Award Winners – 2019

Congratulations to the 2019 Award Winners!

Wisconsin Association for Environmental Education (WAEE) Awards:

Aldo Leopold Award ● Susan Schuller Susan Schuller has dedicated her career to advancing environmental education in Wisconsin. She served on the WAEE board from 2011-14 and as chair in 2013. Through developing programs, serving in leadership roles, securing funding, advocating for equity, diversity, and inclusion, and stepping in wherever needed, Susan does what is needed for the common good.


Dave Engleson WAEE Award ● Natural Resources Foundation The Natural Resources Foundation has long been connecting people to Wisconsin’s treasured landscapes. They recently stepped in to fill a critical need for funding, including creating an environmental education endowment, expanding the Go Outside (G.O.) Fund, establishing an environmental education advisory council, and significantly increasing broad-base funding for school-based engagement.

Eco-justice Award ● Urban Ecology Center – Miguel Santos & Kirsten Maier The Urban Ecology Center has been working on eco-justice issues in urban Milwaukee since 1991. The work of the UEC is exemplified by employees Miguel Santos and Kirsten Maier. Miguel Santos is an outstanding bilingual environmental educator at the Urban Ecology Center whose creative thinking and cultural connectedness make him a role model for staff and community. Kirsten Maier helped shape an “Equity, Dignity and Justice” initiative, better positioning the UEC as an eco-justice organization in Milwaukee.


Administrator of the Year ● Brittany Hager Brittany Hager, Director of Northern Waters Environmental School in the Hayward Community School District, supports the teaching staff and students to explore their community’s natural resources, local culture, and economy, and history. Under her leadership, the school has grown from one classroom to occupying an entire district building serving students from middle to high school.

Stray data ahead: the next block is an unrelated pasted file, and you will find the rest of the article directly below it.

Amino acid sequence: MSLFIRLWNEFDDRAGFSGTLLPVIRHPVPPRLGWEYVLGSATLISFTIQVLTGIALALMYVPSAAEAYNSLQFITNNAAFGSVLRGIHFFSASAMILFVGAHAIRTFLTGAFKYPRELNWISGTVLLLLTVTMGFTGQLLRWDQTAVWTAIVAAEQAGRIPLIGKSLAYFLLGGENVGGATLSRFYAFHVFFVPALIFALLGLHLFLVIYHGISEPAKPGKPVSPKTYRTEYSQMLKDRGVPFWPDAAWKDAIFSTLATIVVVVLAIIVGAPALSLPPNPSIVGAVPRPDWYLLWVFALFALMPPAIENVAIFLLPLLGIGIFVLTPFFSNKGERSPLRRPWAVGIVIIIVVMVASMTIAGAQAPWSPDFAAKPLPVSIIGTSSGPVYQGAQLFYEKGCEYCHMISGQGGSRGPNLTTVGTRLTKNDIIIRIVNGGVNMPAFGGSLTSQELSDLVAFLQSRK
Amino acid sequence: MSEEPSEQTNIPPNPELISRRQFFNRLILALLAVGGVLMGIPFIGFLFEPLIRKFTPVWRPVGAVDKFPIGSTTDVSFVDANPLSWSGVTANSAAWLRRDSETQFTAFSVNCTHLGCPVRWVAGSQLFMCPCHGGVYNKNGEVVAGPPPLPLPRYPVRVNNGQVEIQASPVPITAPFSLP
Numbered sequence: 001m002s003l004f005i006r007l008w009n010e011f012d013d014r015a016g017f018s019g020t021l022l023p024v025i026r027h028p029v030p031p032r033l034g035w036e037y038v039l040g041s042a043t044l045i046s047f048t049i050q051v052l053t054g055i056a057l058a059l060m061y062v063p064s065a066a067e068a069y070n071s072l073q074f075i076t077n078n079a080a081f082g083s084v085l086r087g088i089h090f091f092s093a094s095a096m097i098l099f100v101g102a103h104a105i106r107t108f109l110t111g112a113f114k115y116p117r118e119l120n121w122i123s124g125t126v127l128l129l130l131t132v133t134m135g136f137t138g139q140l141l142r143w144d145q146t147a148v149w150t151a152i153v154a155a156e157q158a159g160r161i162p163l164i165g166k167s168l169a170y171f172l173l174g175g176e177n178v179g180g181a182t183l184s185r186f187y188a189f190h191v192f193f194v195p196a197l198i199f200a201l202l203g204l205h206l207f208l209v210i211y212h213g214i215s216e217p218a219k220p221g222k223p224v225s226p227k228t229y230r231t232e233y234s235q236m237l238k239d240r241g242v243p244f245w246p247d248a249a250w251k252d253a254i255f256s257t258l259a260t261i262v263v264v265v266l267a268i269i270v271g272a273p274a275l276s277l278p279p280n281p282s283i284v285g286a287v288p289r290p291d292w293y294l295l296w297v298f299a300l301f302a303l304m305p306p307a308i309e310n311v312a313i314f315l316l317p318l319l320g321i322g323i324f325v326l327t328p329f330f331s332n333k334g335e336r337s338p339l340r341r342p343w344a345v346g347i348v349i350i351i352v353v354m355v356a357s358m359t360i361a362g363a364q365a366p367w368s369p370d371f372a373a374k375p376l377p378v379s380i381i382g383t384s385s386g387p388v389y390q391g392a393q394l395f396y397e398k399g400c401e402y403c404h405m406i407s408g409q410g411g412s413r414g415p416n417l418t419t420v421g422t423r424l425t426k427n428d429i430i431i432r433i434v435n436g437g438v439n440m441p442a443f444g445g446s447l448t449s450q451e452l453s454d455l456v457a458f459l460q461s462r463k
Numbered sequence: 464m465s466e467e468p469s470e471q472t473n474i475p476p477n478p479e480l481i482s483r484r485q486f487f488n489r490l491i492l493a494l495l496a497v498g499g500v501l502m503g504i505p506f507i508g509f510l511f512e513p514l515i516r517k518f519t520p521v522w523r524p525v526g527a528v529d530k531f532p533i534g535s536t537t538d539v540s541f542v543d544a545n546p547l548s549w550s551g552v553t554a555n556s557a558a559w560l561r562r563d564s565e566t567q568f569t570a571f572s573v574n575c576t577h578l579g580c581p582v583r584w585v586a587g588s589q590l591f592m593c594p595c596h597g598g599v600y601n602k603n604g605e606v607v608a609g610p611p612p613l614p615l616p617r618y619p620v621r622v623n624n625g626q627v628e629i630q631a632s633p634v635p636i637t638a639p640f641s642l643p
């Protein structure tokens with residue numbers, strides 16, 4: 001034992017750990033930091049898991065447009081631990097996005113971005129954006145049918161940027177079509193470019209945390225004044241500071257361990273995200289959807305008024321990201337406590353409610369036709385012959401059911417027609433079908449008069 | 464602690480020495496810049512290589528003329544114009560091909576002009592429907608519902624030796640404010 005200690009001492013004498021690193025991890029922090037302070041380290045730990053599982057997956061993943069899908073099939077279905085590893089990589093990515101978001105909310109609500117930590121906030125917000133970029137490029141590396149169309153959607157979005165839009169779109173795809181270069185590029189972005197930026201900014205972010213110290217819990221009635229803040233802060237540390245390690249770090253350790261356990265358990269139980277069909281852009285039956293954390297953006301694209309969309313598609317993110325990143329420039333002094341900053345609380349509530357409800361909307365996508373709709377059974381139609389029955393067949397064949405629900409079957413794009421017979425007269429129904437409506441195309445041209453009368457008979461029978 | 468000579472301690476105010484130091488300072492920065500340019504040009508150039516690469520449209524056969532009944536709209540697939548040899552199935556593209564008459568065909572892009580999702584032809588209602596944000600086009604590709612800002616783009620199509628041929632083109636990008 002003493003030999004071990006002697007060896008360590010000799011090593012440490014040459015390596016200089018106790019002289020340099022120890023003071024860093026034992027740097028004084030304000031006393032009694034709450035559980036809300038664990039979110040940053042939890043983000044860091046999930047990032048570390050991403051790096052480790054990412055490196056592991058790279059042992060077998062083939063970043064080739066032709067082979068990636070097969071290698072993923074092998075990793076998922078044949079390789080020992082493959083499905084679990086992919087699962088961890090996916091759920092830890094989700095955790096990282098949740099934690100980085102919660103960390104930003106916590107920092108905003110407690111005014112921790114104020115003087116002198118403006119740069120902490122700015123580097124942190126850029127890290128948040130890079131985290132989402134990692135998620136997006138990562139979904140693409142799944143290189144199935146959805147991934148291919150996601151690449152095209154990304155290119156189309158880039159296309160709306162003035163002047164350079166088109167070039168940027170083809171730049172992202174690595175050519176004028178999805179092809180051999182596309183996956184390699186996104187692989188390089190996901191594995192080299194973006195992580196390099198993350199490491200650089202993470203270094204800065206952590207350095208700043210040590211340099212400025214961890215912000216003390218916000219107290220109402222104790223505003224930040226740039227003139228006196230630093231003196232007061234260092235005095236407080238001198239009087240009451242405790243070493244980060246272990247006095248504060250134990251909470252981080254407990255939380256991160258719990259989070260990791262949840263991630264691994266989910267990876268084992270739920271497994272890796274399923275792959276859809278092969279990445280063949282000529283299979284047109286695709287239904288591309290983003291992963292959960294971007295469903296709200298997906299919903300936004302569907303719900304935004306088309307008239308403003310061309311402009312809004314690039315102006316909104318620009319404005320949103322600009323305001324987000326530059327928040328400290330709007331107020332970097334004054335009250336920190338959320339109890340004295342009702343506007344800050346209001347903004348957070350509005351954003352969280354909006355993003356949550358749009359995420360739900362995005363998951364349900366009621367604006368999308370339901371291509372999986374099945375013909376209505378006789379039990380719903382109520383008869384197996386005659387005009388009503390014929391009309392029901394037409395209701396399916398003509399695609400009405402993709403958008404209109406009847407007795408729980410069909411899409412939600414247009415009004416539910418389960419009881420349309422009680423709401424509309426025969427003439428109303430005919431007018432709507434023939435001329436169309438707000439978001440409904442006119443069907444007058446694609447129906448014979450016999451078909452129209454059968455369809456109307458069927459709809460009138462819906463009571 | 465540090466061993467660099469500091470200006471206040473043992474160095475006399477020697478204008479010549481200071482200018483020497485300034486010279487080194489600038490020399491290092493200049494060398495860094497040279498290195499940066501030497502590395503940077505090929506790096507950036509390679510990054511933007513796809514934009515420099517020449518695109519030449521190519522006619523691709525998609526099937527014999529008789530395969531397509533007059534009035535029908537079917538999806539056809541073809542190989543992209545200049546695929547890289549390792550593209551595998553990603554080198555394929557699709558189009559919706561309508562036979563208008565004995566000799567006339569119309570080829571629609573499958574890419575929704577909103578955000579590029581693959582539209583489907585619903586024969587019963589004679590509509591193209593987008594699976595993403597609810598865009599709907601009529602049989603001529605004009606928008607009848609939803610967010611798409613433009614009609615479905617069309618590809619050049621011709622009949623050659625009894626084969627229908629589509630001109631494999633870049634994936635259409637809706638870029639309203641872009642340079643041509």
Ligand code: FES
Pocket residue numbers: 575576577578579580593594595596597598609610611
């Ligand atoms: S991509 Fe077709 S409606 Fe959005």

Formal Educator of the Year ● Sandy Benton Sandy Benton is a master formal educator who has been infusing environmental education into K-12 classrooms for over thirty years. As an instructional coach with the Wisconsin Green Schools Network, Sandy works side-by-side with classroom teachers across the state to make learning relevant and engage students in authentic learning experiences rooted in their place.


Non-formal Educator of the Year ● Matt Flower Matt Flower is a true ambassador for nature-based early childhood education, reaching early learners and their caregivers as he inspires their inner naturalists. He is the personification of passionate and well- rounded nature education and exploration. His enthusiasm, creativity and spirit have compelled his leadership in this field.


Student of the Year ● Rachel Loomis Rachel is a non-traditional student studying EE at UWSP. Rachel excels in the classroom, works hard to gain employment experiences, and contributes to the field through research and leadership in student organizations. Her hard work and enthusiasm are leaving her imprint on UWSP and all of Wisconsin.



Earth Guard ● Teens Grow Greens Teens Grow Greens participants that have been inspired by the work this organization brings. Their faces light up when they talk about the activities they are performing, how they are transforming their own communities, and how their own lives are transforming towards a positive green and environmentally friendly outlook.


View All Past Winners

Wisconsin Department of Public Instruction (DPI) Awards:

Green Ribbon School Nominee ● Schlitz Audubon Nature Pre-School The Nature Preschool at Schlitz Audubon Nature Center in Milwaukee and serves 144 three- and four-year-olds in half-day classes. Housed in a Gold LEED certified building, hiking, yoga, and mindfulness are daily practices. Children look for worms and insects under logs, experiment with mud and water, climb on fallen trees, ask questions, explore, engage, and develop connection with their community and to the land.


Wisconsin’s K-12 Energy Education (KEEP) Awards:

Energy Educator of the Year ● Aleisha Miller, City of River Falls Aleisha Miller provides the School District of River Falls the best possible science-based water and energy conservation, efficiency, and renewable energy education with support from the City of River Falls. Fondly known as the “Energy Lady,” Mrs. Miller’s hands-on programming positively impacts the elementary curriculum and culture of the region.


Energy Educator of the Year ● Scott Anderson, Juda High School Scott Anderson challenges Juda High School students to engage in real-world learning and take action. For 13 years, Mr. Anderson’s Math and Engineering classes have helped the District win multiple grants and implement various energy projects, helping the school work towards its 10% on-site green energy goal.



Banquet Evening